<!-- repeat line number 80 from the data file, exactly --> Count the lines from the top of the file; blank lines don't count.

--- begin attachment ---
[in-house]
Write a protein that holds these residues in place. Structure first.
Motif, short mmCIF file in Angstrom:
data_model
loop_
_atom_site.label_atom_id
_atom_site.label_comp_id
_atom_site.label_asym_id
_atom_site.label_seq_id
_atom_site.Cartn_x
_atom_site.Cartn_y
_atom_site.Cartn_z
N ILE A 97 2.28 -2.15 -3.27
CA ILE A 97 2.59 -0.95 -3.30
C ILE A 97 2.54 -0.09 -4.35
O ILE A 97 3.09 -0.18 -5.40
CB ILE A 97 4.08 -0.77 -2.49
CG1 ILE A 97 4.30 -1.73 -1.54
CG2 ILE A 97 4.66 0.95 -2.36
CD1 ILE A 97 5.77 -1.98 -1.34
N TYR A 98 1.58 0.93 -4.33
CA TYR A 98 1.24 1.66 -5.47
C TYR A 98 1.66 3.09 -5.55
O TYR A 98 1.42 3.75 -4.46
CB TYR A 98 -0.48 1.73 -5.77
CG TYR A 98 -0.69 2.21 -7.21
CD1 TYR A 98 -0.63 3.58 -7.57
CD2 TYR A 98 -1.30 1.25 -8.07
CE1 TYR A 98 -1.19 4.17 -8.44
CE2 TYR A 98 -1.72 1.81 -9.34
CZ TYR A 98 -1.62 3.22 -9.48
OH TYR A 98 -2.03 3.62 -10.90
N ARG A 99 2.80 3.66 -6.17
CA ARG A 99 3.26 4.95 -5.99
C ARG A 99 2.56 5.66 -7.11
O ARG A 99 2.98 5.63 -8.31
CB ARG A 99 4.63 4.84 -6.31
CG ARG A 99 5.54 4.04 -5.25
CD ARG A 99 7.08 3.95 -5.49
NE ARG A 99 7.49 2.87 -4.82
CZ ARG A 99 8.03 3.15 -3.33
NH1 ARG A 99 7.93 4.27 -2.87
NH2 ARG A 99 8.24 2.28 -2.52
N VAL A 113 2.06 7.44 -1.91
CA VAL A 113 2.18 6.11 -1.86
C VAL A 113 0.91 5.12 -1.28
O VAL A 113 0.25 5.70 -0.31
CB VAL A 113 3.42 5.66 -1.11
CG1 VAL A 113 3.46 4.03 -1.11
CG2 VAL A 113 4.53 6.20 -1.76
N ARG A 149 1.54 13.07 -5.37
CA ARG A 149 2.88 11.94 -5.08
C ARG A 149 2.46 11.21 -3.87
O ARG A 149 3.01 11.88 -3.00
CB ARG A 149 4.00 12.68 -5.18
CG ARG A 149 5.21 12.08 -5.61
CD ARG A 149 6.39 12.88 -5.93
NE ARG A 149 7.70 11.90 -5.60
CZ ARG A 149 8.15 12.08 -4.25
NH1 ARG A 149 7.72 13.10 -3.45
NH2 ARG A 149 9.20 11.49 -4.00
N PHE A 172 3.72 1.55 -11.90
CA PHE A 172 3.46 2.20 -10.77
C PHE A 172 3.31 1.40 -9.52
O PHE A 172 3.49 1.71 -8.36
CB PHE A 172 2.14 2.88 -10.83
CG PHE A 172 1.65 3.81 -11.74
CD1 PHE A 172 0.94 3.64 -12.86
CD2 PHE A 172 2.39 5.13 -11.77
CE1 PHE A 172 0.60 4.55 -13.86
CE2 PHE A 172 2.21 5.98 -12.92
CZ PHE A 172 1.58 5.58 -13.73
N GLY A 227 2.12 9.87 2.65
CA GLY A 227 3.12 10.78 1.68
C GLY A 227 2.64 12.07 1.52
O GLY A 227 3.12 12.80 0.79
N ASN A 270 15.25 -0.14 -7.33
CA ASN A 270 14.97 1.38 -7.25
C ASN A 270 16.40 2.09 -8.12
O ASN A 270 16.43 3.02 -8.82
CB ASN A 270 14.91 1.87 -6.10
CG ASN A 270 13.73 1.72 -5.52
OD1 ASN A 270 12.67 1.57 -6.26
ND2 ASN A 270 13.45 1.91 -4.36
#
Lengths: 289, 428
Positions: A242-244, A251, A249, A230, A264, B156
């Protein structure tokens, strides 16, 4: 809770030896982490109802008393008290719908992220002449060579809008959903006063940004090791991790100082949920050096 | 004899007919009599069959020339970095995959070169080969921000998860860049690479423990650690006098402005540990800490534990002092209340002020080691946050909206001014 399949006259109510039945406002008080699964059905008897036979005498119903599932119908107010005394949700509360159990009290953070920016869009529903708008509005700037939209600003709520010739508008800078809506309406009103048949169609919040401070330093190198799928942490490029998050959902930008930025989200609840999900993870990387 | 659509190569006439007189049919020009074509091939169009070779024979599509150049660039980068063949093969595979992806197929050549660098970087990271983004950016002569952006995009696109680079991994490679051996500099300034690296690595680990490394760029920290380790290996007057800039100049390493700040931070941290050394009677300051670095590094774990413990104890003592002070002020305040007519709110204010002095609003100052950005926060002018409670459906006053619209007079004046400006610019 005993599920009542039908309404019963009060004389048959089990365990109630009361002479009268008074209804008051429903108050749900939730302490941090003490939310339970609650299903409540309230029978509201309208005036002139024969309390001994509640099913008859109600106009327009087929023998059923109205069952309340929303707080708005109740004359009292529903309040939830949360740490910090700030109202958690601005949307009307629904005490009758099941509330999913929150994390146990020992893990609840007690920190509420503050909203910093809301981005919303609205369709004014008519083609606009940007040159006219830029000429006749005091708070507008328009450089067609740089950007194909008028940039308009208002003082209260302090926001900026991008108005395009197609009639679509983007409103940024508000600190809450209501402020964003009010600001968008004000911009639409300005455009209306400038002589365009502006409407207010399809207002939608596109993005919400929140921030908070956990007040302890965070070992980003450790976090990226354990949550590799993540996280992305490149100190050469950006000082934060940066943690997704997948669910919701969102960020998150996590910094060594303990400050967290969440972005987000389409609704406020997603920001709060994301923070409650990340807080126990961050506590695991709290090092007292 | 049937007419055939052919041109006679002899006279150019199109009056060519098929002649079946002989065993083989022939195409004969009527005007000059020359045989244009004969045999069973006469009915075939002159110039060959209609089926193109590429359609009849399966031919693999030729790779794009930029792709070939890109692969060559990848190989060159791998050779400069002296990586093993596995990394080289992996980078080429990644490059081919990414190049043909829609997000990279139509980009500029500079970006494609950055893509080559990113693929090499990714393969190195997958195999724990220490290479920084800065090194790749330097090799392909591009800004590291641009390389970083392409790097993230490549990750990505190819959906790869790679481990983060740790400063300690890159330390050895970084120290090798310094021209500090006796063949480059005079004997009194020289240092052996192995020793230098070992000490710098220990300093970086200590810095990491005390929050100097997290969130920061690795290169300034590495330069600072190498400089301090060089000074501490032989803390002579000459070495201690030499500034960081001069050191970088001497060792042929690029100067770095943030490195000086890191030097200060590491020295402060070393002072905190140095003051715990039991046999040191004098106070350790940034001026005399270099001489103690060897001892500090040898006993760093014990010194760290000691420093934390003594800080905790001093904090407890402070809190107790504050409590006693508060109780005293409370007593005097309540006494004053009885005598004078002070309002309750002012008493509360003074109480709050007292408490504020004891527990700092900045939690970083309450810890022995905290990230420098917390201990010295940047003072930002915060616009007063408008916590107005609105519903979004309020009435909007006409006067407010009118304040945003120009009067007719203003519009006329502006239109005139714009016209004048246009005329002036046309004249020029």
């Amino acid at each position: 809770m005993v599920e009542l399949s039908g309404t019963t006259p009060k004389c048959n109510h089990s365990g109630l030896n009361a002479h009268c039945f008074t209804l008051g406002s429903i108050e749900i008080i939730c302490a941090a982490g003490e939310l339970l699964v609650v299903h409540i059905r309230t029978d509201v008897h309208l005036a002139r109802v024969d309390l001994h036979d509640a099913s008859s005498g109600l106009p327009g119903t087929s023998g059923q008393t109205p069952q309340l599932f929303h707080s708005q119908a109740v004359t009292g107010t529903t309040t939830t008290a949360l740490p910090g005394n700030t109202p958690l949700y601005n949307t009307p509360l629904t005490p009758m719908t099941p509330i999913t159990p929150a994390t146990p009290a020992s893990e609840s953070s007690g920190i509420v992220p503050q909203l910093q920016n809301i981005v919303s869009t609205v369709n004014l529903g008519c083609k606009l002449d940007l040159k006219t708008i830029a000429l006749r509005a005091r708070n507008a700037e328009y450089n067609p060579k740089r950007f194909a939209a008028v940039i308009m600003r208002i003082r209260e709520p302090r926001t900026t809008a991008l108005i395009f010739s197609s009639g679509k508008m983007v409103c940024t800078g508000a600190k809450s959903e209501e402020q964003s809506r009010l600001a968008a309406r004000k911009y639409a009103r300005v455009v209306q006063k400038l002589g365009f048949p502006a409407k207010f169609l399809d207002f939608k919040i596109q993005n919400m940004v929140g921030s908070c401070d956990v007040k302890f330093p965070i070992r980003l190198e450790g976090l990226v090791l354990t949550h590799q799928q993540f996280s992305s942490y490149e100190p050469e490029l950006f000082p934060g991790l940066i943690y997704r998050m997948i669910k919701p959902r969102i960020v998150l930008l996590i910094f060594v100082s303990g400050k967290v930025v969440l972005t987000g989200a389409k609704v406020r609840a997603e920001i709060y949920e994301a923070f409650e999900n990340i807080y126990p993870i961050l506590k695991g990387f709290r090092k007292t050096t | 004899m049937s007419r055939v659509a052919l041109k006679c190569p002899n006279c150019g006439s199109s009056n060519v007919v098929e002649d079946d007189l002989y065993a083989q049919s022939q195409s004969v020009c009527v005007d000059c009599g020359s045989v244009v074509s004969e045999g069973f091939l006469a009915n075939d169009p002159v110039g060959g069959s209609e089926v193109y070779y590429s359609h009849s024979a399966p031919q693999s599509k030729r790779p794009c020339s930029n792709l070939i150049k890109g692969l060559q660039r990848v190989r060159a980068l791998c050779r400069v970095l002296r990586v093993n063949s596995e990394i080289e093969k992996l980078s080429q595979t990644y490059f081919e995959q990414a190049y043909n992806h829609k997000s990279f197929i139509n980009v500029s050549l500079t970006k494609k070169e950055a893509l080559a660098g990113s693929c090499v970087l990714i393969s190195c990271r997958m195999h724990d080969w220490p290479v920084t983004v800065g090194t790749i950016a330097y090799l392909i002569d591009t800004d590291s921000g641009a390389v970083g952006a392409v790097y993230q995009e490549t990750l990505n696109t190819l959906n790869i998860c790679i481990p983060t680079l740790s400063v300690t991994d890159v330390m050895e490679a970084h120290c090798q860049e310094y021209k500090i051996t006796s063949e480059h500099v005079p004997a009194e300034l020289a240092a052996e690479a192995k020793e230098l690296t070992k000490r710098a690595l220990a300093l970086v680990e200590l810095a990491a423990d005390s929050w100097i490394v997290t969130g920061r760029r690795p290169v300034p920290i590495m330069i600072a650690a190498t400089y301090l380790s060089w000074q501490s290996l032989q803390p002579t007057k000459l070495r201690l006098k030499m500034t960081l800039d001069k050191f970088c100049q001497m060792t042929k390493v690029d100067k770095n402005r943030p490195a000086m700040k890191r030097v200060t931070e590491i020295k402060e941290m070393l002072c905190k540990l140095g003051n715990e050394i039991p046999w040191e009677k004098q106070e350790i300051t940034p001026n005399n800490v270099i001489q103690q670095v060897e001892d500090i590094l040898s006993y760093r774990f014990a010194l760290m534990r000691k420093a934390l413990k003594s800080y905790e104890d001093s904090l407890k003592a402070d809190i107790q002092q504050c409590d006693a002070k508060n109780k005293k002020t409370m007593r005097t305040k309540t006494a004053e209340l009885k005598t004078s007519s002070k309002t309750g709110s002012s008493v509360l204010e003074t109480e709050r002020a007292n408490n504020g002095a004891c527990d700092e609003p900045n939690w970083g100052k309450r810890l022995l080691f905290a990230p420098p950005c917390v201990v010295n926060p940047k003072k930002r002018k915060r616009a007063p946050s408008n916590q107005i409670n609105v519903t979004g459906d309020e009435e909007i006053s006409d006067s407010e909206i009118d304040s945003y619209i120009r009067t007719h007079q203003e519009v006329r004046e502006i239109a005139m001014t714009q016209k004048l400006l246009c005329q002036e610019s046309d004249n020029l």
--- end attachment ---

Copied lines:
O ASN A 270 16.43 3.02 -8.82